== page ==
One of the hallmarks of Oprah’s eponymous, long-running, culture-changing show was its annual “My Favorite Things” show. Aired in anticipation of the holidays, it was one of the more coveted tickets because not only was Oprah introducing herself as a tastemaker, but she also generously gifted the attendees of that particular show with her favorite things.
Retailers soon followed suit and created their own versions of the perfect wish list for that holiday season.
Dallas-based Neiman Marcus creates an indulgent list every year for the aspirational customer who may not be able to afford the item quite yet, but log it in the mental “I Want” rolodex.
“This is a great time for retailers and brands to make a connection with their shoppers. It plants the seed in your head. I might not make that purchase now, but I know it’s out there,” says Michael Shmarak, vice president at DKC Public Relations, Marketing & Government Affairs in Chicago told Reuters.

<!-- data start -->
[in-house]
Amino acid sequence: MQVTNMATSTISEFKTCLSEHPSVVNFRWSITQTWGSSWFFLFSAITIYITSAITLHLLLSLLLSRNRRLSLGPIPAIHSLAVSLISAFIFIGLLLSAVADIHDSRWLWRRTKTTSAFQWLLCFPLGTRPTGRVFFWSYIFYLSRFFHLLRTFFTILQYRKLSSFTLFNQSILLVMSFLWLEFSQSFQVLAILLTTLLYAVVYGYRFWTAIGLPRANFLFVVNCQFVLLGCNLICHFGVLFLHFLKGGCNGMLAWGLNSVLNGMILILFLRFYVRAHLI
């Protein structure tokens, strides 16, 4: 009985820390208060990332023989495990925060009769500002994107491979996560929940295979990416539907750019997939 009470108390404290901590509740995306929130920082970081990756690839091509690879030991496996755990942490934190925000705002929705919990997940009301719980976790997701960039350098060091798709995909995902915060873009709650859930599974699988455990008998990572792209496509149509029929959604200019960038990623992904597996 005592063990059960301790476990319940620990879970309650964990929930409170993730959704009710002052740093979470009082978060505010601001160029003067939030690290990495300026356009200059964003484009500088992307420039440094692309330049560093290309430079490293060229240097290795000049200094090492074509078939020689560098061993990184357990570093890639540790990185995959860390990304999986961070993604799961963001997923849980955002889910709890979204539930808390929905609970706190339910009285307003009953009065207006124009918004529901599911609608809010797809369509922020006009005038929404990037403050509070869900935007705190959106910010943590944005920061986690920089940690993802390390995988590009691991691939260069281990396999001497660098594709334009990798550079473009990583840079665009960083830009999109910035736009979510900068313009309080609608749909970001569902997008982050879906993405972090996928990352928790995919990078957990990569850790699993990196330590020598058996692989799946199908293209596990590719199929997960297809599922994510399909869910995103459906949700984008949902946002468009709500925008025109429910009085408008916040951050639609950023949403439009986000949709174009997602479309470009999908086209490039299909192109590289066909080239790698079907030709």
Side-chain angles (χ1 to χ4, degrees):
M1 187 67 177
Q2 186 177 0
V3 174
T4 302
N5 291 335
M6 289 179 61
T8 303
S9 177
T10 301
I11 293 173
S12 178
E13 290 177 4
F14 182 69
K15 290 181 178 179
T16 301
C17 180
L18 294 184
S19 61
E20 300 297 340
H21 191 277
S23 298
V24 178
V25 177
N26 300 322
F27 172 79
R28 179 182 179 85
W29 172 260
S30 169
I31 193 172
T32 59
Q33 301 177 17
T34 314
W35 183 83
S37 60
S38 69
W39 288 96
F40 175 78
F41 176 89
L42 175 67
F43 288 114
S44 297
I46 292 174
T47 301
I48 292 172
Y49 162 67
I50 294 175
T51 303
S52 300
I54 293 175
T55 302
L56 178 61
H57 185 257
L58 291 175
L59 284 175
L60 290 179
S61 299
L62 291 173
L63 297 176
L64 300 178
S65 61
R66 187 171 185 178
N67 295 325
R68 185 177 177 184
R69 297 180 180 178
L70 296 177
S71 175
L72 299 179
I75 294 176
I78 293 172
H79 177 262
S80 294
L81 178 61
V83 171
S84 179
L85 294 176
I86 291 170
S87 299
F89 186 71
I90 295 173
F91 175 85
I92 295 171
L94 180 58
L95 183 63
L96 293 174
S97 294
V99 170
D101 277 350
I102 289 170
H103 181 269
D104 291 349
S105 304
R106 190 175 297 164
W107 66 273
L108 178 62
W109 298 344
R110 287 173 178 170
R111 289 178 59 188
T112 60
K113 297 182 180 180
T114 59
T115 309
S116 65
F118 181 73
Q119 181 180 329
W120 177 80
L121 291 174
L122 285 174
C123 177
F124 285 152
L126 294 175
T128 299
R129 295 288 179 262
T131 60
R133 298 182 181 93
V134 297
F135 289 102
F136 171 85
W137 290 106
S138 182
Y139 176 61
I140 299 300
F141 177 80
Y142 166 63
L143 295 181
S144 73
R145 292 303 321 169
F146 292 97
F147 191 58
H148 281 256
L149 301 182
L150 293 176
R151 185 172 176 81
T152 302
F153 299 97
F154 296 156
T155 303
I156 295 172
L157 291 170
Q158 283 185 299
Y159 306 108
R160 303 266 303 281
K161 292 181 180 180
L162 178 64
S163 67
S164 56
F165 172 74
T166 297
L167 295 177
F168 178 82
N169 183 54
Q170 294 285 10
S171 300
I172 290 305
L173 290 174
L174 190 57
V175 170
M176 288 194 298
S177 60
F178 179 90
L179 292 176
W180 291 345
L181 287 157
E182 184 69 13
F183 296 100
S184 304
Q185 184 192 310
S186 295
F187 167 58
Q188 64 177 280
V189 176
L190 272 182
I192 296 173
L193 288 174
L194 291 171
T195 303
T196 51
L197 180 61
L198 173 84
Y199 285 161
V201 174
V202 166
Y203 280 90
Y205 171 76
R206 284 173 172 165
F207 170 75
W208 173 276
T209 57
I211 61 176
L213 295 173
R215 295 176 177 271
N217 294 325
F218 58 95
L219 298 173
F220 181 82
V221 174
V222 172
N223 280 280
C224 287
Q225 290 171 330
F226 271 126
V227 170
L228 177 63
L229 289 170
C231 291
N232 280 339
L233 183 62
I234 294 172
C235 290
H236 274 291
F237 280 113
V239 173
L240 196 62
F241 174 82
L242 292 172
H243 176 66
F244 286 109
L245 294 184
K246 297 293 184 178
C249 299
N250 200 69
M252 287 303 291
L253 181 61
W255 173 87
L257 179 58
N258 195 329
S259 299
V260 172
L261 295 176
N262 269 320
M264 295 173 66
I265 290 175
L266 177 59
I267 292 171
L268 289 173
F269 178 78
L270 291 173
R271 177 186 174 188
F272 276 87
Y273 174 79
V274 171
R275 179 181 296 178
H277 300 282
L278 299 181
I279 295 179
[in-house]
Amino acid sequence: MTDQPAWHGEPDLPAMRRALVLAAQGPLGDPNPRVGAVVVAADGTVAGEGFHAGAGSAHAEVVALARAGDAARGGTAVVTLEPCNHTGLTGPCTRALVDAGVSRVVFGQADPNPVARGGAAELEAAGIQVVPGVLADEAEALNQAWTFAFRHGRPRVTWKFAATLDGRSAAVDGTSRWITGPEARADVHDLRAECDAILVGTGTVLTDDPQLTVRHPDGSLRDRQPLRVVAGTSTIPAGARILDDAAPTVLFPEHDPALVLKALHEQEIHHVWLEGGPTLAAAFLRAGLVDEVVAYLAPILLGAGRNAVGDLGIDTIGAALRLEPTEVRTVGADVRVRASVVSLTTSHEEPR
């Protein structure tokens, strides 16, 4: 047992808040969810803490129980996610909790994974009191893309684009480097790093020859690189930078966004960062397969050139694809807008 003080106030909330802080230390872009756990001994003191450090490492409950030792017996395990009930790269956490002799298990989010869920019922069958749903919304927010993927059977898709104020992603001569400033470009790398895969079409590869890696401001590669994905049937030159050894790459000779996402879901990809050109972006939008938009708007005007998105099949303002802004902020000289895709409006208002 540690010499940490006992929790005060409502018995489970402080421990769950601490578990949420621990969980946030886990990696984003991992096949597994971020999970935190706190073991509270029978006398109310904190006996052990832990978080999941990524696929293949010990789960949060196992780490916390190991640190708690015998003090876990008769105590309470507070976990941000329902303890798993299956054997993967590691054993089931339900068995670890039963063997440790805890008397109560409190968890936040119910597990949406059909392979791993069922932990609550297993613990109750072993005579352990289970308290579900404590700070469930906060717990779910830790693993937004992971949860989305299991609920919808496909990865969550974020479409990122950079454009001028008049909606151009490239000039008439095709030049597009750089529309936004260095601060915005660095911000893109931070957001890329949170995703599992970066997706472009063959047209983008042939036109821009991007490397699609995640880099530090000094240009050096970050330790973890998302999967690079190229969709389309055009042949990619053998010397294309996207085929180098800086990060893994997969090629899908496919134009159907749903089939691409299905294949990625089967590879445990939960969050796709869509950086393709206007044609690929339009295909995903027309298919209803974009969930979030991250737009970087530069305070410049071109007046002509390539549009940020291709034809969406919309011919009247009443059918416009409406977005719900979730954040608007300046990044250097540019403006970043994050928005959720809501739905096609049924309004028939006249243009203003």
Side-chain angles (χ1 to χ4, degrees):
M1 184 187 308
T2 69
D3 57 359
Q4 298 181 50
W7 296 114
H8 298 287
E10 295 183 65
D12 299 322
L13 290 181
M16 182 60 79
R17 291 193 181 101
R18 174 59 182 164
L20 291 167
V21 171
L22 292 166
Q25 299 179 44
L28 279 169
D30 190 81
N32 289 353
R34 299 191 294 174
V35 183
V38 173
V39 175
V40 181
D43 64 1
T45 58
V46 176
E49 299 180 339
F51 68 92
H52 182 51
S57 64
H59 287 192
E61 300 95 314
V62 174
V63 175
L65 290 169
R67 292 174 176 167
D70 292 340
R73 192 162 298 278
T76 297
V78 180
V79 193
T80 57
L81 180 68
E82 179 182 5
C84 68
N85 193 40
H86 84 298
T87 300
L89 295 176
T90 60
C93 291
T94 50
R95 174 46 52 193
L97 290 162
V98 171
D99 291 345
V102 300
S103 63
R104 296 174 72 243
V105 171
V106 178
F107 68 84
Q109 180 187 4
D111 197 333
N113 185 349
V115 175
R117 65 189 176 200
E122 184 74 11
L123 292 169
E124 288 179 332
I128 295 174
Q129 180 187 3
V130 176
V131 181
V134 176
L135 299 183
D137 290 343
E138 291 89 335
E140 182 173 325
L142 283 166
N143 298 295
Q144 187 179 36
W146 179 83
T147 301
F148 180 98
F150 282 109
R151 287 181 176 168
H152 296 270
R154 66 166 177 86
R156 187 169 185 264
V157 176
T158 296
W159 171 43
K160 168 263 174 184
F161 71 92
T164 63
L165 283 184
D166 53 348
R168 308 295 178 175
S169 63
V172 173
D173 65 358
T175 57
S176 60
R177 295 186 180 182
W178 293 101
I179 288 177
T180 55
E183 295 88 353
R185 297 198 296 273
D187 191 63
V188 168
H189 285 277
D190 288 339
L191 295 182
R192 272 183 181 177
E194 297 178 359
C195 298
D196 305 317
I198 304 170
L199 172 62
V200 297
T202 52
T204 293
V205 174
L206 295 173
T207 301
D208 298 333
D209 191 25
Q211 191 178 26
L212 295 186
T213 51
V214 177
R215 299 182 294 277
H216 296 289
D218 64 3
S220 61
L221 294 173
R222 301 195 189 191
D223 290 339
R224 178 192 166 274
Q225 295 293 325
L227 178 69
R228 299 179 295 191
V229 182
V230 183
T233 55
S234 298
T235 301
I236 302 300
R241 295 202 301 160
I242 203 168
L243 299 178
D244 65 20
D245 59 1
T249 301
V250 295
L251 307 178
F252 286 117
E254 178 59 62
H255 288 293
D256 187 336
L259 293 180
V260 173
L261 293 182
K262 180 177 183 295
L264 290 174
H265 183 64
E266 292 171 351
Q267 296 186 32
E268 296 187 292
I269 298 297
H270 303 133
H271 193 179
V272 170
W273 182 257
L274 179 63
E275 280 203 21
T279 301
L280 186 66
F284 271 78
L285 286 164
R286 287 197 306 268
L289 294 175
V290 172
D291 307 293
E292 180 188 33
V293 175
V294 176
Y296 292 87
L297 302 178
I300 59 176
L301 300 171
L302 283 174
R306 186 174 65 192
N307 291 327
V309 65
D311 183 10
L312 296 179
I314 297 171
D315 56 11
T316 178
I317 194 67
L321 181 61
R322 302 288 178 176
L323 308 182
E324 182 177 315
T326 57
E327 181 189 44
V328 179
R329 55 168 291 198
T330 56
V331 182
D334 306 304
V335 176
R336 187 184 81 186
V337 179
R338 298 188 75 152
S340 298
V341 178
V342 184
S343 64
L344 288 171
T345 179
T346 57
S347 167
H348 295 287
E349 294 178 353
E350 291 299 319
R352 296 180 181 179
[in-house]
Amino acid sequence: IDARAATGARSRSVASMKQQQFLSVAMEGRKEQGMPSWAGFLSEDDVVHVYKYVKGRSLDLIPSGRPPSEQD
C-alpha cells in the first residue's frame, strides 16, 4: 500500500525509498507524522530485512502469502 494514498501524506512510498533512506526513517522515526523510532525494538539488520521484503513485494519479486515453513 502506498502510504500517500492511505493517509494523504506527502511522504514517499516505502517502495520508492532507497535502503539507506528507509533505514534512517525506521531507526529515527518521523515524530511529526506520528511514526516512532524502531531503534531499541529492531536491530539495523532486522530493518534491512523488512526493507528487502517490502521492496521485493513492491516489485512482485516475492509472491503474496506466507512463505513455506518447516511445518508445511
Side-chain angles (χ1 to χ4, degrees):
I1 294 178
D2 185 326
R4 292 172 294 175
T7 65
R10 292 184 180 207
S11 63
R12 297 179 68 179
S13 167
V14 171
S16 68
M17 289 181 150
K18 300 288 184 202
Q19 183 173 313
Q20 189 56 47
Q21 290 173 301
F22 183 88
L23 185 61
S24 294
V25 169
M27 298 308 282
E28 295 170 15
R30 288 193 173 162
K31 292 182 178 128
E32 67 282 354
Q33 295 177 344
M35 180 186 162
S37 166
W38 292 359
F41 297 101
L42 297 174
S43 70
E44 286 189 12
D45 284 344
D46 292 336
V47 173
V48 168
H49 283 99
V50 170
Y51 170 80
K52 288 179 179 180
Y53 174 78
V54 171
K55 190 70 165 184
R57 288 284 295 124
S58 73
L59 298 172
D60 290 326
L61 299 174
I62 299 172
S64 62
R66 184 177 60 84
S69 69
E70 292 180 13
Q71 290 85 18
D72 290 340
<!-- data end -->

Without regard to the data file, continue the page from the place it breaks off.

Analysts say the timing could mean shoppers feel that the occasional indulgence may not be a bad thing.
“We believe that shoppers are buying one pricey gift as opposed to many inexpensive gifts when it comes to close family and even children,” said Dana Holmes, editor in chief of Gifts.com in the report. “But, we are also seeing a big push by retailers to have a variety of gifts under $50, and even under $25, so that shoppers can get a little something extra without feeling guilty after making those big purchases.”
Oprah’s list may be a lost economic indicator. Last year’s’ list most expensive item was $595, but this year, for a mere $4,999, customers can get the Bose VideoWave II home theater system, leading some analysts to believe that consumers are feeling increasingly more confident about the economy.
Reuters has more on how the Oprah effect is a good barometer for the economy.